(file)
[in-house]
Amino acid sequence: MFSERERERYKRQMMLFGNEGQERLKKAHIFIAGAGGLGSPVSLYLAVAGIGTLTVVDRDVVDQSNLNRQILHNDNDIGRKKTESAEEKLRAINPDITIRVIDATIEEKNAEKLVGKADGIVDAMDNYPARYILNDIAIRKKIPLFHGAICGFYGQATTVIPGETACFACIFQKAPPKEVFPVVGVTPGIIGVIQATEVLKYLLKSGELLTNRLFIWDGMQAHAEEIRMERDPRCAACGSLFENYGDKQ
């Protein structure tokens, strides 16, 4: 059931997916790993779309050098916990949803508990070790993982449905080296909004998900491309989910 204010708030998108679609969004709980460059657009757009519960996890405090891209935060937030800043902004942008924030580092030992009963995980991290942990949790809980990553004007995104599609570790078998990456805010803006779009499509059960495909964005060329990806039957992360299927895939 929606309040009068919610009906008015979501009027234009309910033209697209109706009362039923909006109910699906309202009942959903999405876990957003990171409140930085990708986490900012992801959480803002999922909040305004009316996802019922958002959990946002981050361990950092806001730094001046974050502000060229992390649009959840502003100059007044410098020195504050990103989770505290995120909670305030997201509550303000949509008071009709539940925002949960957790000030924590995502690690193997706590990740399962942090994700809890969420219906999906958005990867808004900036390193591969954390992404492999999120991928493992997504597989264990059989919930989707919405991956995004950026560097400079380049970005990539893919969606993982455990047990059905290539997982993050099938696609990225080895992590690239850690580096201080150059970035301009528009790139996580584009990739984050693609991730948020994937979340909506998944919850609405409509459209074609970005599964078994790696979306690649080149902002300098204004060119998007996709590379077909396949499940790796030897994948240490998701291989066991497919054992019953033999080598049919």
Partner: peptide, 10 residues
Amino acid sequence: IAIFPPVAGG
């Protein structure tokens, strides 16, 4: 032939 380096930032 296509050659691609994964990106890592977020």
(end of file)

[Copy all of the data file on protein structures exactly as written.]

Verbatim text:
[in-house]
Amino acid sequence: MFSERERERYKRQMMLFGNEGQERLKKAHIFIAGAGGLGSPVSLYLAVAGIGTLTVVDRDVVDQSNLNRQILHNDNDIGRKKTESAEEKLRAINPDITIRVIDATIEEKNAEKLVGKADGIVDAMDNYPARYILNDIAIRKKIPLFHGAICGFYGQATTVIPGETACFACIFQKAPPKEVFPVVGVTPGIIGVIQATEVLKYLLKSGELLTNRLFIWDGMQAHAEEIRMERDPRCAACGSLFENYGDKQ
């Protein structure tokens, strides 16, 4: 059931997916790993779309050098916990949803508990070790993982449905080296909004998900491309989910 204010708030998108679609969004709980460059657009757009519960996890405090891209935060937030800043902004942008924030580092030992009963995980991290942990949790809980990553004007995104599609570790078998990456805010803006779009499509059960495909964005060329990806039957992360299927895939 929606309040009068919610009906008015979501009027234009309910033209697209109706009362039923909006109910699906309202009942959903999405876990957003990171409140930085990708986490900012992801959480803002999922909040305004009316996802019922958002959990946002981050361990950092806001730094001046974050502000060229992390649009959840502003100059007044410098020195504050990103989770505290995120909670305030997201509550303000949509008071009709539940925002949960957790000030924590995502690690193997706590990740399962942090994700809890969420219906999906958005990867808004900036390193591969954390992404492999999120991928493992997504597989264990059989919930989707919405991956995004950026560097400079380049970005990539893919969606993982455990047990059905290539997982993050099938696609990225080895992590690239850690580096201080150059970035301009528009790139996580584009990739984050693609991730948020994937979340909506998944919850609405409509459209074609970005599964078994790696979306690649080149902002300098204004060119998007996709590379077909396949499940790796030897994948240490998701291989066991497919054992019953033999080598049919």
Partner: peptide, 10 residues
Amino acid sequence: IAIFPPVAGG
């Protein structure tokens, strides 16, 4: 032939 380096930032 296509050659691609994964990106890592977020």